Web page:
A cartoon in The New Yorker shows a young romantic couple sitting on a bench in Central Park. We see the trees, the grass, the birds, the city buildings in the distance. The young lady has very bright eager eyes. She is holding the young man's hand and touching his shoulder reassuringly. She faces him. He in suit and tie has equally big eyes, but he seems a bit confused by it all. Behind the bench, in the air, however, we see two cupids, a Military Cupid with the traditional bow and arrow about to shoot his fatal shaft at the young man and a Legal Cupid with a piece of parchment but also with a rather angry, concerned look. The Military Cupid yells down to the Legal Cupid impatiently, so he can get on with his amorous business, "Read him his rights".
We are accustomed to finding what we call "rights" in official documents that "declare" or "hold" that we have them -- the Bill of Rights, the Universal Declaration of Human Rights, the French Declaration of the Rights of Man. We are perhaps vaguely aware that "rights talk" is the successor to "law talk," that the discussion of human rights is not exactly the same as the discussion of natural rights and that neither are exactly the same as discussion of natural law. Not a few have sought with some care to put all of these notions together in one coherent discourse. Jacques Maritain has sought to do so as has John Finnis in recent years.
On the other hand, many historians of the subject maintain that there is a radical distinction between modern and classical natural law, that the two concepts are not the same and should not be confused. "Except for the name, the medieval and the modern notions of natural law have little in common," Alexander Passerin d'Entreves wrote in a famous book. Alasdair MacIntyre would go even further:
The concept (of rights) lacks any means of expression in Hebrew, Greek, Latin or Arabic, classical or medieval, before about 1400, let alone in Old English, or in Japanese even as late as the mid-nineteenth century. From this it does not of course follow that there are no natural or human rights; it only follows that no one could have known that there were. And this at least raises certain questions. But we do not need to be distracted into answering them, for the truth is plain: there are no such rights, and belief in them is one with belief in witches and in unicorns.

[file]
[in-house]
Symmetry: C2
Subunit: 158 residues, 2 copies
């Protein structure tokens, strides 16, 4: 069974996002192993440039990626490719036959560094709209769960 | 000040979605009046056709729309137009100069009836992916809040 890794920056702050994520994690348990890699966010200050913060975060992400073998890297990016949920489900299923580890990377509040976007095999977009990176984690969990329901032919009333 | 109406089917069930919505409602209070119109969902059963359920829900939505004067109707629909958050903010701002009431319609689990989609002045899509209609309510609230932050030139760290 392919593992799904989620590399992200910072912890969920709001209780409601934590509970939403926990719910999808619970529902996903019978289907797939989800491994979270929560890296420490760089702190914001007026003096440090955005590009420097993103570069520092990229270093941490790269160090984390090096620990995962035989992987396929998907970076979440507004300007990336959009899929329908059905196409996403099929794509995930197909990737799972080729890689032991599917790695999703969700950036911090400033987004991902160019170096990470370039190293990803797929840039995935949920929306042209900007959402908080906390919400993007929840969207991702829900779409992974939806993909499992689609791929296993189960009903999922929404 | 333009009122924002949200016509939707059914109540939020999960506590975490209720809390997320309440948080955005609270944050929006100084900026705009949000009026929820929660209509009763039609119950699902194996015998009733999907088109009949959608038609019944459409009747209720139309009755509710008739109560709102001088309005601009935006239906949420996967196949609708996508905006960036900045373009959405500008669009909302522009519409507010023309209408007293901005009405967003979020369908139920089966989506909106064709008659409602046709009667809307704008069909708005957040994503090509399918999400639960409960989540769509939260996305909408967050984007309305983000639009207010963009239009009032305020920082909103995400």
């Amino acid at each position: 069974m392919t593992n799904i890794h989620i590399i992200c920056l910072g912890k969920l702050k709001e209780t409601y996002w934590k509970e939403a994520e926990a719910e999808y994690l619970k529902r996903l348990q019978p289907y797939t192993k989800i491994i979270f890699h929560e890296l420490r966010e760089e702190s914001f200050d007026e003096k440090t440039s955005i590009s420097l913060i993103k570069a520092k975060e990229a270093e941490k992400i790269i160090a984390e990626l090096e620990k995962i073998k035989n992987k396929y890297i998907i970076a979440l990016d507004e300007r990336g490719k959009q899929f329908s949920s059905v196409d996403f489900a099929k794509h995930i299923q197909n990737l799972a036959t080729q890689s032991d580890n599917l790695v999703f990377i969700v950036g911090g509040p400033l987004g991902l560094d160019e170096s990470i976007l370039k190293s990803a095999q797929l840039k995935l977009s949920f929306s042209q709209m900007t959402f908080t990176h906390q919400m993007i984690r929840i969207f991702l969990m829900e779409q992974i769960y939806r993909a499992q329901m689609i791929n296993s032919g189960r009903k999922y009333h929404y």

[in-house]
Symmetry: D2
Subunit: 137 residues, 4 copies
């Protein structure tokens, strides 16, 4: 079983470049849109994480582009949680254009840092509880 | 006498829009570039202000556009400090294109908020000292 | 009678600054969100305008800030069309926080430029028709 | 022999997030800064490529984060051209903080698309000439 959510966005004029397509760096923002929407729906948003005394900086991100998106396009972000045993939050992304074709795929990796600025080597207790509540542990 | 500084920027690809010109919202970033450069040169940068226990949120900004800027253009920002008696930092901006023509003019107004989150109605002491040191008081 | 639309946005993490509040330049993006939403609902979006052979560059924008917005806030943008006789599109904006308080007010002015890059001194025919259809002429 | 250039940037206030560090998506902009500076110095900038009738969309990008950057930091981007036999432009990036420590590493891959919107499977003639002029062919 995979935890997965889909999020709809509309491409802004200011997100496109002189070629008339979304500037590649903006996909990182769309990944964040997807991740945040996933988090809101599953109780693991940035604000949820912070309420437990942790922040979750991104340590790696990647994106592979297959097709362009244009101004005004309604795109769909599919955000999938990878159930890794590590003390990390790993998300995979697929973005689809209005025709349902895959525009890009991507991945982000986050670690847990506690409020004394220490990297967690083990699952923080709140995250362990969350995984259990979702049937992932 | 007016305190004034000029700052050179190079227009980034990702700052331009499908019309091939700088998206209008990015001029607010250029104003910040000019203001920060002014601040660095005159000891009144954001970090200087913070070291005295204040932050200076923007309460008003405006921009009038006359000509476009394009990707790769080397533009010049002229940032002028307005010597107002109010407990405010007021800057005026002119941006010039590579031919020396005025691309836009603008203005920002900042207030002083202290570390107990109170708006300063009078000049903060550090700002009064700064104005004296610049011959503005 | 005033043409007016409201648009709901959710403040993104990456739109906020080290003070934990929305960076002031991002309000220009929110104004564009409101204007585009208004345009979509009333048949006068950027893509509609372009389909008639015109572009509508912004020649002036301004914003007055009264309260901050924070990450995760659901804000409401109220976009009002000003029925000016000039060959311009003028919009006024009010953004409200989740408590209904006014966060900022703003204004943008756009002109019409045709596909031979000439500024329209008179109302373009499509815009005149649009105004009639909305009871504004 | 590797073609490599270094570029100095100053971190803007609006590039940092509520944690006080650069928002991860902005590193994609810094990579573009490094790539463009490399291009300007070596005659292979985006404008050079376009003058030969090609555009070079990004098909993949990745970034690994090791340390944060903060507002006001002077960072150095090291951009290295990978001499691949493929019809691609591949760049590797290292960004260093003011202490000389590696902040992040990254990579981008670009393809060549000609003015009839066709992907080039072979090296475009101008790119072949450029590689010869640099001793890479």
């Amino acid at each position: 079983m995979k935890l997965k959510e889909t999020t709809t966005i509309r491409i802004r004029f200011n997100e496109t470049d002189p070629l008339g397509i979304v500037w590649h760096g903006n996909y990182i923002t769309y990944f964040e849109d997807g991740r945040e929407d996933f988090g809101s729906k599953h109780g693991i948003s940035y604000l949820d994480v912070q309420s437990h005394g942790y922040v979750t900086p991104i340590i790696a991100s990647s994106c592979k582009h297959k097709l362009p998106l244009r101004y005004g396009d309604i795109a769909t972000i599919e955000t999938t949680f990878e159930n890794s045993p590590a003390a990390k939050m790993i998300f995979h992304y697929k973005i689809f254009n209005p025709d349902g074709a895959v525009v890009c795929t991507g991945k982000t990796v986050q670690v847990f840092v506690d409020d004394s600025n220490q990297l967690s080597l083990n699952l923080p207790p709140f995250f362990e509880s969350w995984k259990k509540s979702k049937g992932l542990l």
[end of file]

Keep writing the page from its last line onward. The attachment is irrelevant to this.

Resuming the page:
"What is going on here?" we might ask ourselves. Why has so formidable a thinker as Leo Strauss pointed out that modern natural right is "revolutionary," that it is associated with modern totalitarian movements and, at the same time, we are told that rights are proposed as the way to limit absolutist states in the modern era? We are told that a new sort of "right" is invented about 1400 that seems quite different from the natural law that went before with the medievals or with the Greek notion of natural right.
The obvious culprit seems by all odds to be Hobbes, to be his peculiar way of formulating natural right as something that in itself allows no limits of nature or reason, but only a kind of instrumental reason calculated to protect and multiply one's own rights. Another cartoon in The New Yorker showed two cave men, clearly in the state of nature, both with huge rough-hewn clubs over their shoulders, both wearing the famous loin cloth invented shortly after Adam's expulsion from Eden. The cave men, obviously still in the classic State of Nature, are coming down a mountain conversing. The first cave man, with evident sincerity and perplexity, declares to the second, who listens with some sympathy, "I'd be the first to say 'Repeal the harsh old rule of tooth and claw' if someone could show me that it wasn't working." Well, Machiavelli and Hobbes developed a system of natural right that showed how it could work. Brendan Brown's insightful remark that "the essence of law (for legal positivism) depends on the will of the political sovereign" is nothing but the logical consequences of natural right doctrine as it has worked its way through modern political philosophy.